Confusing Your Loved One and the Addiction

Confusing Your Loved One and the AddictionIf someone you love in Philadelphia has developed an addiction, you have probably felt intense love and disappointment at the same moment. The person you love is living with the danger and pain of an addiction you hate. A great deal of what you value may be taken away. Love, anger, sadness and hope all occupy space in your mind. Be careful not to confuse your loved one and his addiction.

The Addiction Is Not a Person

To family members of people with addictions, it sometimes feels as though there are two people inside a single body. Remembering that your loved one is the only real person involved can help keep the situation clear in your mind. Addiction is a habit which can no longer be controlled. Habits and addictive behaviors begin to define an addict’s identity. When your loved one is repeatedly stealing or lying or disappointing the people who care about him, it can be easy to confuse those addictive behaviors with the person. However it is unfair to let your loved one’s identity be defined by the disease of addiction.

Confusing Selfishness and Suffering

Addicts take a lot from their families. In addition to money and time, they can take away peace from mind and the home. Normally, it is a selfish person who takes all those things to bring themselves greater ease and fun in life, but when addiction is guiding these actions, it does not result in ease or fun. Suffering only grows as drug use increases and takes a larger role in an individual’s life in Philadelphia.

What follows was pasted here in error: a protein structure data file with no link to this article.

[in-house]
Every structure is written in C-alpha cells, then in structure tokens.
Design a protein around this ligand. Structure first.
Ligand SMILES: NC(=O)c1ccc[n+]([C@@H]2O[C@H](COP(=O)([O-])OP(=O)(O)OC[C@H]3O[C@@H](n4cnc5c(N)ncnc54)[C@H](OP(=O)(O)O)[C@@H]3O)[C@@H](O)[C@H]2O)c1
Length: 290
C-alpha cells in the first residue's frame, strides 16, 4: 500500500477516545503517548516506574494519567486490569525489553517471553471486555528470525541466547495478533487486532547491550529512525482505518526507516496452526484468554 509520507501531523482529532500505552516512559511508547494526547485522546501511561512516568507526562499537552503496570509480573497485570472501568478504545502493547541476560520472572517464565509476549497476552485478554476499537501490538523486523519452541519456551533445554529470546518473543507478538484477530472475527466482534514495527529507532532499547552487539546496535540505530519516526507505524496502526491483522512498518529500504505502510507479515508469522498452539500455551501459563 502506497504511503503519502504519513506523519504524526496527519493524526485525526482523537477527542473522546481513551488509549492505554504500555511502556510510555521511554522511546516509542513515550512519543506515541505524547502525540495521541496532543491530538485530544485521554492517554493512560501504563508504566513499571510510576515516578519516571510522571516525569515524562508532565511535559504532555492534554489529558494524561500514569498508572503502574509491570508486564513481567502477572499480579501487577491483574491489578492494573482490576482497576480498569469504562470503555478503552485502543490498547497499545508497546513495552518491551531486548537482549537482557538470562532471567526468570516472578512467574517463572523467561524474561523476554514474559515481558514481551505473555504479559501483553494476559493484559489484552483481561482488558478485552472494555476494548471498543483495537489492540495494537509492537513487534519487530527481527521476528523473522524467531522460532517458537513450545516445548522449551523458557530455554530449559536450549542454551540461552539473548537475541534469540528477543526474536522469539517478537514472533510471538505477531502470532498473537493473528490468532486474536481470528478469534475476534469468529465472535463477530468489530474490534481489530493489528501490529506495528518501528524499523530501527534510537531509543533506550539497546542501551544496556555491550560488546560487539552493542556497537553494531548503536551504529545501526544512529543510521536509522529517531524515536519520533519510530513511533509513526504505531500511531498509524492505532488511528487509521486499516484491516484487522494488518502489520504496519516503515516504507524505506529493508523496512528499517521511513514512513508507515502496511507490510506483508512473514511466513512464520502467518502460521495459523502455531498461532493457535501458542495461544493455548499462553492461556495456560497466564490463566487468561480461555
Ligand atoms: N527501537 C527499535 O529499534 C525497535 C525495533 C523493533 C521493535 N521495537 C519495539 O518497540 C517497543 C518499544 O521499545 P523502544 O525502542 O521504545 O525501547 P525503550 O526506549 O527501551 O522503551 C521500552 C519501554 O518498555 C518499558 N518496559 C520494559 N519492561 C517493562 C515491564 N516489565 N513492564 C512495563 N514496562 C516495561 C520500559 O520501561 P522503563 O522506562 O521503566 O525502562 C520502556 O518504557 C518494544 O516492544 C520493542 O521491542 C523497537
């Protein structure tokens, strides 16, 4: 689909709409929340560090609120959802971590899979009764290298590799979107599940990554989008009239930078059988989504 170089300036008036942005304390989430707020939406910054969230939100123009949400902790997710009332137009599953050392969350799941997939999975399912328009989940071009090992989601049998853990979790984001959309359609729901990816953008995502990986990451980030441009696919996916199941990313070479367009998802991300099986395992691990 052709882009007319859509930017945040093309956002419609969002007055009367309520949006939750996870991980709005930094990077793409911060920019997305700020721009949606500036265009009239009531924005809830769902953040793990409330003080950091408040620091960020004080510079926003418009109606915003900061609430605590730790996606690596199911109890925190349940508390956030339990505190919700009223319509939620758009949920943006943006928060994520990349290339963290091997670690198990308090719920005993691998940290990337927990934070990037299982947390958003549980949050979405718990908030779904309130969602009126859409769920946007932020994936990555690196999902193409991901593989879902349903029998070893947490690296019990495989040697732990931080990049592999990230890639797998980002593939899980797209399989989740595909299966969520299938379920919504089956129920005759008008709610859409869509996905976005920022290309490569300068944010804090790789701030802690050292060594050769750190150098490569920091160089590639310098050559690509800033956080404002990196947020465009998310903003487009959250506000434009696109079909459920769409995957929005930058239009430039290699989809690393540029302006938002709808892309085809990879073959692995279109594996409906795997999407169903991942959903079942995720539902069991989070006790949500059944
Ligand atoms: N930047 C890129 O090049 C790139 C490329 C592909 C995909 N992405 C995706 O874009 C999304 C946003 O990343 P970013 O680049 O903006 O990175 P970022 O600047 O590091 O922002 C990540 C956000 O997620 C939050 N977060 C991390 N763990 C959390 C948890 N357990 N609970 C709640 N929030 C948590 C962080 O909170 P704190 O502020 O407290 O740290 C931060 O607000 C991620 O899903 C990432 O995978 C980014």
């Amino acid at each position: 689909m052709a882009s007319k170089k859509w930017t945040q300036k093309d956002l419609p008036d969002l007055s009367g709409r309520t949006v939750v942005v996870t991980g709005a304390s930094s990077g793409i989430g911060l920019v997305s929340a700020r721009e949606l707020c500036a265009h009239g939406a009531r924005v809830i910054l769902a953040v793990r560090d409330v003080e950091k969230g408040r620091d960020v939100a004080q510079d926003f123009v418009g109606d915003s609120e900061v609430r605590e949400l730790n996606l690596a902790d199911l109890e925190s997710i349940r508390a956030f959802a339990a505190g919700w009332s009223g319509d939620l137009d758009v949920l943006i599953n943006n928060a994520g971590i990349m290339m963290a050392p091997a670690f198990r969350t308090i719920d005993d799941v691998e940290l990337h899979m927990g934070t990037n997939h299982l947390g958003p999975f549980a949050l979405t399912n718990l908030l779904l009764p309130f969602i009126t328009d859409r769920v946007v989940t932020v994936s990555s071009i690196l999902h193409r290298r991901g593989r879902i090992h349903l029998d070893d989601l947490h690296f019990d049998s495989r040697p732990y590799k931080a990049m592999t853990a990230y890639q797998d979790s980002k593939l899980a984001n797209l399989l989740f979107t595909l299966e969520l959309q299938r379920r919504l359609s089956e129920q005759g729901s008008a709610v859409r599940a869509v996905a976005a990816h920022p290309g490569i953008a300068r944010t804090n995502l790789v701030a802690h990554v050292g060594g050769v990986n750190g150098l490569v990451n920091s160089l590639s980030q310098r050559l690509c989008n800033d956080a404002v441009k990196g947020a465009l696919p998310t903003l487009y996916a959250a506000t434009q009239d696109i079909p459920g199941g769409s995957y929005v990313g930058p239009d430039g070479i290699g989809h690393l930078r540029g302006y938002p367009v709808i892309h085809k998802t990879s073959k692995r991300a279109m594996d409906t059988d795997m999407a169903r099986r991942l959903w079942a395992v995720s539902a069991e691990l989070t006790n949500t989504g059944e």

Confusing Indulgence and Compassion

The addict and the addiction both need help from others. Focus on the differences between the help the person needs and the help an addiction needs to grow. An addiction requires indulgence. If you have to abandon your principles, ignore your better judgment or deceive yourself or others, then you are indulging the addiction. Addiction needs money to be given, lies to be believed and excuses to be accepted.

The addict also needs all the help you can give, but helping the person is substantively different. You can withhold the indulgence the addiction needs and still provide limitless compassion. Your loved one needs unshakable love, forgiveness and faith, and he or she needs your support and encouragement to find professional recovery help and reclaim his or her identity outside of addiction.

Find Identity outside of Addiction

We help separate addicts from their addictions, and we can help you and your loved one do the same. Call our toll-free helpline to learn more about addictions, recovery and resources for a drug-free life in Philadelphia.